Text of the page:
Where Have All the Crossing Guards Gone?

by Margarita Bogdanova

According to the New York Post, more than one in seven public school students walk to and from school every single day. Oceanside is no different, as anyone watching the steady stream of kids trudging down Brower and Skillman early each morning and sailing down those same streets in the afternoon can attest. But while our local government pays much attention to what happens at both sides of that walk-at school and at home-not enough time is spent discussing the safety of students during the walk itself. Unfortunately, the recent tragic accident in which a freshman girl walking to school was seriously injured by a car has caused an outcry from students and parents alike, demanding that Nassau County do better.

An important  feature of walking students’ safety is the presence of crossing guards at busy intersections. All the care in the world won’t protect students from negligent and distracted drivers zooming down the streets, but crossing guards can. In their bright reflective vests, whistles, and lanyards, they attract immediate attention, direct traffic, and make reckless drivers wary to break rules just by being there—something kids, especially younger kids, can’t do. Even scientific studies are clear(2): where there are crossing guards, the chances of student injuries drop to practically zero.

It seems like putting crossing guards at busy intersections before and after school hours is a no brainer for the community, but an investigation into Nassau County and police budget priorities for the last seven years tells a different story. The budget for full-time crossing guards has fallen dramatically from $8,317,533 in 2011 to $6,549,252 in 2017. Aside from that 20% decrease, the amount of full-time crossing guards has been cut by almost a third, from 331 to 229 over the past 8 years. That’s dozens of crossing guards that are no longer there keeping  Nassau county students safe.

It’s not  just the crossing guard program that’s disappearing—traffic cameras, the Walk Safe Initiative, and all the emergency services have faced large decreases since 2011. Deputy County Executive Eric C. Naughton, however, is assuring the public that these cuts are necessary to balance the county budget, and that new part time workers and private companies will fill in the gaps. But is it worth it?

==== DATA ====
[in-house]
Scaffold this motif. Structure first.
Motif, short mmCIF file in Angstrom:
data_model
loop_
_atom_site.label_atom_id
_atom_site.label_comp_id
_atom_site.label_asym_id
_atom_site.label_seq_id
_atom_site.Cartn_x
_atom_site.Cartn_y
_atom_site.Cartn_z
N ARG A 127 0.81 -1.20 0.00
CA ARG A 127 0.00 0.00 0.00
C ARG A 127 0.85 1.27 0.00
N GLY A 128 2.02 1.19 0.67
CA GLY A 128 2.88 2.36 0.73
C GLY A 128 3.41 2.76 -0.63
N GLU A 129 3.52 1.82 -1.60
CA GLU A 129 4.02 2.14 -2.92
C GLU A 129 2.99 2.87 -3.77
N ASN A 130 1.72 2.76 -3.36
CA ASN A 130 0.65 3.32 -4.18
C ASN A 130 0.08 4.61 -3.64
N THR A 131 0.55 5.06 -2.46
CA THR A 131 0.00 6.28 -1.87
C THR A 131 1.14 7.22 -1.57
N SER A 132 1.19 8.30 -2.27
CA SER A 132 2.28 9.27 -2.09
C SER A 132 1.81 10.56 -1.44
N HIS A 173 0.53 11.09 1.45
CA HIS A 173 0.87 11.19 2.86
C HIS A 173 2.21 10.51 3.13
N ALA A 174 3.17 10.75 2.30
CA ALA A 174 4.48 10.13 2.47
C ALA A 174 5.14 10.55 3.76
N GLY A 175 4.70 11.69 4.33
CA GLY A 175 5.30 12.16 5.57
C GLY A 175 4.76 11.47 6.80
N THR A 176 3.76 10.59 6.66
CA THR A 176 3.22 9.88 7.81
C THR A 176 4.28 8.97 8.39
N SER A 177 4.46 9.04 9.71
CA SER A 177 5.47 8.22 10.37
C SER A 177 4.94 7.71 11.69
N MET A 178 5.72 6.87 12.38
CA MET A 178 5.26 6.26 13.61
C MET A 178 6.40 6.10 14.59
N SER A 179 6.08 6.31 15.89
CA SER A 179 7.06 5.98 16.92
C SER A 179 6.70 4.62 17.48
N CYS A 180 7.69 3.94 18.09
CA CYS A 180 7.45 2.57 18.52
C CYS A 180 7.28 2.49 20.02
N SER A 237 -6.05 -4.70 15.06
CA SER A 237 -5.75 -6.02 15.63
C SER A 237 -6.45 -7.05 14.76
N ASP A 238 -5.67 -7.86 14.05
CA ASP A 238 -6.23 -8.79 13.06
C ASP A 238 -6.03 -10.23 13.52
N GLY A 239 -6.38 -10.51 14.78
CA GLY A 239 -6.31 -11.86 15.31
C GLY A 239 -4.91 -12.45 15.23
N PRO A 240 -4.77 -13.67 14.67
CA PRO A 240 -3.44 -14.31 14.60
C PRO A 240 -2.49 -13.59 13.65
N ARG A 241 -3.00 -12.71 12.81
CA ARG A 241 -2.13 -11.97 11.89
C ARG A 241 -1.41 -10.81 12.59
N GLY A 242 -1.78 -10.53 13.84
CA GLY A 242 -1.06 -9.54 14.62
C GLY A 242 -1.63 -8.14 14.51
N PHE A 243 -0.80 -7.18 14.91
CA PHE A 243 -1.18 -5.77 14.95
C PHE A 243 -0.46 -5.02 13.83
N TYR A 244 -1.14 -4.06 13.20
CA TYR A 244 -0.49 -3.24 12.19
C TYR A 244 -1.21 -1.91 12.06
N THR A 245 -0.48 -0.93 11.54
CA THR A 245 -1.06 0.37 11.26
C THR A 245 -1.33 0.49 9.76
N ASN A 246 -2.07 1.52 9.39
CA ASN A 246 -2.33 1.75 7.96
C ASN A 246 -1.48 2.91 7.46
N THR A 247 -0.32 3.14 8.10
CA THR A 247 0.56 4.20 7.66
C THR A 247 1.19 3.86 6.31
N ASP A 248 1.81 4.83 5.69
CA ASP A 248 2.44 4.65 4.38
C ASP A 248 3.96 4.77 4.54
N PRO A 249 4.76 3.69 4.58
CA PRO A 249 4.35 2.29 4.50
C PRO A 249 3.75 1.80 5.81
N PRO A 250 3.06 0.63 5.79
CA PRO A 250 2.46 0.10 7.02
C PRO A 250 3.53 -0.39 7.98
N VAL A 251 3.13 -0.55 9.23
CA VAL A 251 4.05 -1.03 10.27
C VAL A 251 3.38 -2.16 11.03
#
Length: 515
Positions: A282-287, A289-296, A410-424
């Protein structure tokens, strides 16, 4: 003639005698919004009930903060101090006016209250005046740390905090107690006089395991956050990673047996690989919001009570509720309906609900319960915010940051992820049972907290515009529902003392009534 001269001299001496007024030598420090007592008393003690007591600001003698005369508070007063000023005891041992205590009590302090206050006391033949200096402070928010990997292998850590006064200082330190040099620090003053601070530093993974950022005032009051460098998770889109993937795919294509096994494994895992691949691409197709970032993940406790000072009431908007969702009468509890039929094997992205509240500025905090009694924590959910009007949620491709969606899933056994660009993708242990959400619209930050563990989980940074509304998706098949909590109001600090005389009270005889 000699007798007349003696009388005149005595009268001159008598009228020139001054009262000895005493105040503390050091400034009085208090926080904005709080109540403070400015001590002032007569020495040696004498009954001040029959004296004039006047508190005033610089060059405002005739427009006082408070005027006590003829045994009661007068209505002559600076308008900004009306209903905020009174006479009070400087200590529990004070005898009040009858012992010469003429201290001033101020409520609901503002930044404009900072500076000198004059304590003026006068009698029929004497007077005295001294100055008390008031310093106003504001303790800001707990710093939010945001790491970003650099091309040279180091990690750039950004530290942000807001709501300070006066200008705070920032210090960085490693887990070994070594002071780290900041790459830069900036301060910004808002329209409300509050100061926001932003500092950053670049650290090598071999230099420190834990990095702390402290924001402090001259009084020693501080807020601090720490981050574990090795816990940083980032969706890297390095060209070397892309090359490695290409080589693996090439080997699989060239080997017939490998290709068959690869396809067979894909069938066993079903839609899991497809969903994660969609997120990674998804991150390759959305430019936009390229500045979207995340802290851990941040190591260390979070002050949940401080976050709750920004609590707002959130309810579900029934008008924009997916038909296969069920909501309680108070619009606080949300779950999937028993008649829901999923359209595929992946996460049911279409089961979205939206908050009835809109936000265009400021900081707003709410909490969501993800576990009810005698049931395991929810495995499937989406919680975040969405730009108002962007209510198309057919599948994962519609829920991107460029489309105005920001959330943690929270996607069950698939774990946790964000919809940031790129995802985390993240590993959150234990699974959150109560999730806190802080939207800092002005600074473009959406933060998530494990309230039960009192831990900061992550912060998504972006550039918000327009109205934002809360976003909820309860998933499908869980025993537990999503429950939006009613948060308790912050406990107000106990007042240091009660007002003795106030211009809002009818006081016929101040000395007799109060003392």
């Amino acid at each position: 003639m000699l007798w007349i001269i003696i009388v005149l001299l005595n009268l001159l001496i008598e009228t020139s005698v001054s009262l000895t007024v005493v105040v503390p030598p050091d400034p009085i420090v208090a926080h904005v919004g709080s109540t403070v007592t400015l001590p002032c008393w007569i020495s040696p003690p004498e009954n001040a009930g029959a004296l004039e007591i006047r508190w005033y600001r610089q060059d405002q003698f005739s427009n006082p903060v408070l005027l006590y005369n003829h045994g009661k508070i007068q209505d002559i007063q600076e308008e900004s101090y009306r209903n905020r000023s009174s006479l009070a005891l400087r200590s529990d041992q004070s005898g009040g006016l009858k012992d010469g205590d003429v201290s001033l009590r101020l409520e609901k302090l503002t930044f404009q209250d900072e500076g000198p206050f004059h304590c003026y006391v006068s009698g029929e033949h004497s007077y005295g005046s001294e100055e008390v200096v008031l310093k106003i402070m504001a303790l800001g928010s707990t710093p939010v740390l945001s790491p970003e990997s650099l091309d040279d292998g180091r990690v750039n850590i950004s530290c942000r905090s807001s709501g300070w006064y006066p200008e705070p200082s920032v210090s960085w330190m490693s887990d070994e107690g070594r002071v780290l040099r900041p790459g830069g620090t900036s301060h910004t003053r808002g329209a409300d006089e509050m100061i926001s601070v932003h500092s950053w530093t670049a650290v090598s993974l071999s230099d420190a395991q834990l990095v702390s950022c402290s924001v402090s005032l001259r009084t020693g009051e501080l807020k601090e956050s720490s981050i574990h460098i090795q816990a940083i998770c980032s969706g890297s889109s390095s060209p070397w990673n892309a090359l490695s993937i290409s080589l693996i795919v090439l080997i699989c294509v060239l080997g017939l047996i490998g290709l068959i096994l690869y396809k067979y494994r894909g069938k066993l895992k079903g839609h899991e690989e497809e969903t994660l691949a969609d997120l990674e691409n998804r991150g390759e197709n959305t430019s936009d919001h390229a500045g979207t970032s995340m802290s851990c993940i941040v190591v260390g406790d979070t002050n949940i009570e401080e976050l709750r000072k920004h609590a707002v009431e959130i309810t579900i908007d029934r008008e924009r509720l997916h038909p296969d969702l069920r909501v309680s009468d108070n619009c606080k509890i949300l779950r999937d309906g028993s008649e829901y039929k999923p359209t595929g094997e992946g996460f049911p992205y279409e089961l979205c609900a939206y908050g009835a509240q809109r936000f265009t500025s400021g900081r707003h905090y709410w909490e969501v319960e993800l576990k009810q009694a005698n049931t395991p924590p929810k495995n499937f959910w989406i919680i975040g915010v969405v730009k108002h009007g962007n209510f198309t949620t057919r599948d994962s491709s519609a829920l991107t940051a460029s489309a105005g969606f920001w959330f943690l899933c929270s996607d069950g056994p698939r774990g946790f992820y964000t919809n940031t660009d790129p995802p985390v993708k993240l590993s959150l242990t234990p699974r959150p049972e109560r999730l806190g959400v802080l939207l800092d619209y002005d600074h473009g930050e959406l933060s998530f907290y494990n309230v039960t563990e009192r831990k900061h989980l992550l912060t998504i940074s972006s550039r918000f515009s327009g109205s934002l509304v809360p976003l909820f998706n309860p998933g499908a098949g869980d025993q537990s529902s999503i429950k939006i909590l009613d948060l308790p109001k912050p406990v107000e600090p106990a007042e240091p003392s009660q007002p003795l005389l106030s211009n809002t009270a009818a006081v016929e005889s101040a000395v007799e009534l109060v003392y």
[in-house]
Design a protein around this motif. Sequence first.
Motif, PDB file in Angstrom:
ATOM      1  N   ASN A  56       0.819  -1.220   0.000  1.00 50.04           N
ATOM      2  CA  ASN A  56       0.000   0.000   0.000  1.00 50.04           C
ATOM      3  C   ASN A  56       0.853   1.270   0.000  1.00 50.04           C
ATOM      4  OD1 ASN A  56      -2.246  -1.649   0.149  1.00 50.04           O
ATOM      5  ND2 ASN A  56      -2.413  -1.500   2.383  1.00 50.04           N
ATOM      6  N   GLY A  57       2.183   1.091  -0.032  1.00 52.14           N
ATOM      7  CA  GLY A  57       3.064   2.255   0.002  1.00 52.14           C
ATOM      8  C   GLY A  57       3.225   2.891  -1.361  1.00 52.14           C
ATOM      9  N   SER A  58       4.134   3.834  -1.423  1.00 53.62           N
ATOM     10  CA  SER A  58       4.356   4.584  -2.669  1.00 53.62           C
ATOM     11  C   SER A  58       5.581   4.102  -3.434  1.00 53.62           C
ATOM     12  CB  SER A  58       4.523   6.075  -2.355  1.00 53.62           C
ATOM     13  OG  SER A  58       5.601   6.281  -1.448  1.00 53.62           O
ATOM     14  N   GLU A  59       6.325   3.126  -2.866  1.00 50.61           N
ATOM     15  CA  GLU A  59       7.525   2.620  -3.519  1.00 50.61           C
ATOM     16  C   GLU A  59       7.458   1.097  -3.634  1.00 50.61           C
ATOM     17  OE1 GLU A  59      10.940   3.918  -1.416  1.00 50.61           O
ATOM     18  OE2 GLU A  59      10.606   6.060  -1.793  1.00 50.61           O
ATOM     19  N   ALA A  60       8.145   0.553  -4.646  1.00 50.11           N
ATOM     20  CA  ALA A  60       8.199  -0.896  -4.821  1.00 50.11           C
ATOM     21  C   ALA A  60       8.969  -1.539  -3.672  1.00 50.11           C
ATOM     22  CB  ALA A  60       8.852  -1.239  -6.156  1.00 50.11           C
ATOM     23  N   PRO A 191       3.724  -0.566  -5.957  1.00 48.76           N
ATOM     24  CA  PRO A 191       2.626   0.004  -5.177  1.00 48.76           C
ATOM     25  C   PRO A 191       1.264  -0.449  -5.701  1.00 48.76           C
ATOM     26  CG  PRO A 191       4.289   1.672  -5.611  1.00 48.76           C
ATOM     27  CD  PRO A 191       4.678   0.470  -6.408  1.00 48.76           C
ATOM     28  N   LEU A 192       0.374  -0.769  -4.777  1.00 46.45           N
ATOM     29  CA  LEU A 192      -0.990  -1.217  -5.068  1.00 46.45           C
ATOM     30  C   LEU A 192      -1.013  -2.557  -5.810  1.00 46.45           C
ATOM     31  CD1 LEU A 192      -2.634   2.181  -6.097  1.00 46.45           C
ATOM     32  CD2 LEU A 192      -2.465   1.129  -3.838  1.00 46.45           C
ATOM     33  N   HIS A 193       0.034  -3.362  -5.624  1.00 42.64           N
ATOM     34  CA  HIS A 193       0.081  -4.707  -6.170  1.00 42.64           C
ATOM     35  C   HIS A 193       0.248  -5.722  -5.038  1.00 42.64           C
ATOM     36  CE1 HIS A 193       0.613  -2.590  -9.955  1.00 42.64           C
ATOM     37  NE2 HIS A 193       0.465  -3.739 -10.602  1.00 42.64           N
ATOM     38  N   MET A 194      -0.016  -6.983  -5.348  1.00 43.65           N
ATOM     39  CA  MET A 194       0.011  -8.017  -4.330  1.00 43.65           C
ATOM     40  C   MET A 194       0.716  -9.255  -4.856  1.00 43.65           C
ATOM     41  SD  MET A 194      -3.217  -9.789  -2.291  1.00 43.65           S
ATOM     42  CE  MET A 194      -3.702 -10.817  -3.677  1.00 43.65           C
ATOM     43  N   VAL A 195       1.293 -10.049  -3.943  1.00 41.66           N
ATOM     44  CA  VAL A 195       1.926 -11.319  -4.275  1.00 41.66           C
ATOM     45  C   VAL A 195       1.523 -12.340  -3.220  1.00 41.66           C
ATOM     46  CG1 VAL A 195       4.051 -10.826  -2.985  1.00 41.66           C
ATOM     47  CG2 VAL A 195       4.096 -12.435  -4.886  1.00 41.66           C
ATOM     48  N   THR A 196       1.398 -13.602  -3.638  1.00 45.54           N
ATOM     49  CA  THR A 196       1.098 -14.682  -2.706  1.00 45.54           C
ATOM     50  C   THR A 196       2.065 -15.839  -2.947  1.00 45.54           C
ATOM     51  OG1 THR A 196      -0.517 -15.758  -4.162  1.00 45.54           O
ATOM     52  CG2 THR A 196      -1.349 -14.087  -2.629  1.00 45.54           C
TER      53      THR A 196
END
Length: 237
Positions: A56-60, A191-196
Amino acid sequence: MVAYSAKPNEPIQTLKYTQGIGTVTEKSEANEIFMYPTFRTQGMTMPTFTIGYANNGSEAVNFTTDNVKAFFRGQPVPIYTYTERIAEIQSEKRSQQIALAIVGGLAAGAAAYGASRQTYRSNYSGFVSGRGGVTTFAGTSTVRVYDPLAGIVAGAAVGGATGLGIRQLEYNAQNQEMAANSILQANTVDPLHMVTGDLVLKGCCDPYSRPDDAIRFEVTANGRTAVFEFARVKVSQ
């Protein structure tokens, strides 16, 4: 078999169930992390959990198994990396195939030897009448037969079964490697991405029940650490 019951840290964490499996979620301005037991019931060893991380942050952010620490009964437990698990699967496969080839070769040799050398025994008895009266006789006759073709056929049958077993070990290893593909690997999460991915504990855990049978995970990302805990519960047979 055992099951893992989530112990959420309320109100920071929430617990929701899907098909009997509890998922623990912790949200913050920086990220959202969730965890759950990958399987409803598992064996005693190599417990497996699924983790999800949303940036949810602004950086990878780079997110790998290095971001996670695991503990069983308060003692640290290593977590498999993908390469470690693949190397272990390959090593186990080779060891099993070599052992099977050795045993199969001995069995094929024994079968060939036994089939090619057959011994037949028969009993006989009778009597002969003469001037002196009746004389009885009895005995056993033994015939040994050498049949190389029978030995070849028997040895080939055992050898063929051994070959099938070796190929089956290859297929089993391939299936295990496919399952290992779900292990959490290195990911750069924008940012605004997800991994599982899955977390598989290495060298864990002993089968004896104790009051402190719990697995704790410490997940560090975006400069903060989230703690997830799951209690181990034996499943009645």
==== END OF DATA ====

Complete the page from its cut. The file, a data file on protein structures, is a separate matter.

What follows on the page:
Well, Nassau County’s new policies have caused a shortage of crossing guards. Perhaps you’ve noticed from the ”Part time crossing guard job opening” signs popping up all over Oceanside. The paltry $3 million saved on traffic safety barely dents the ballooning $90,000,000 county debt. 

A group of sophomores that walk to school every day on Atlantic Avenue say they’re feeling the effects, and it’s not pretty: “There used to be, I think, cops….all down the street, especially on Long Beach Road…but now there’s nobody there most of the time. I think I’ve personally almost gotten hit by a car like three times this year already.” Younger Oceanside students, the most affected, also chimed in. “Where there are police and cameras, everyone drives slowly, but when there aren’t,  some people don’t even look and just go as fast as possible,” complained 5th grader Emily. Her friend Danny added, “A lot of people are nice and let us walk past, but there are drivers that don’t seem to care that kids are crossing the street.”

However, some question whether there is a problem at all. A junior, when asked about traffic safety,  simply shrugged and said, “Nobody at the high school should need help walking; we’re not two years old. The little kids should just get driven by their parents or take a bus.” The crossing guard cuts are also beneficial for taxpayers, whose property taxes would rise if the budgets for crossing guards, cameras, and other traffic safety programs were expanded. Yet a group of Oceanside residents, presumably taxpayers, have made a petition demanding crossing guards and other measures at the intersection where our classmate was struck this year. They believe that “parents and children should feel safe using this intersection.”

A new 2018 budget for Nassau County will be voted on this October, and all documents and decisions are accessible to the public. Now, OHS has the opportunity to come together as we have before, raising awareness and working with the community, to push people to vote this month and make our town a safer place.

 

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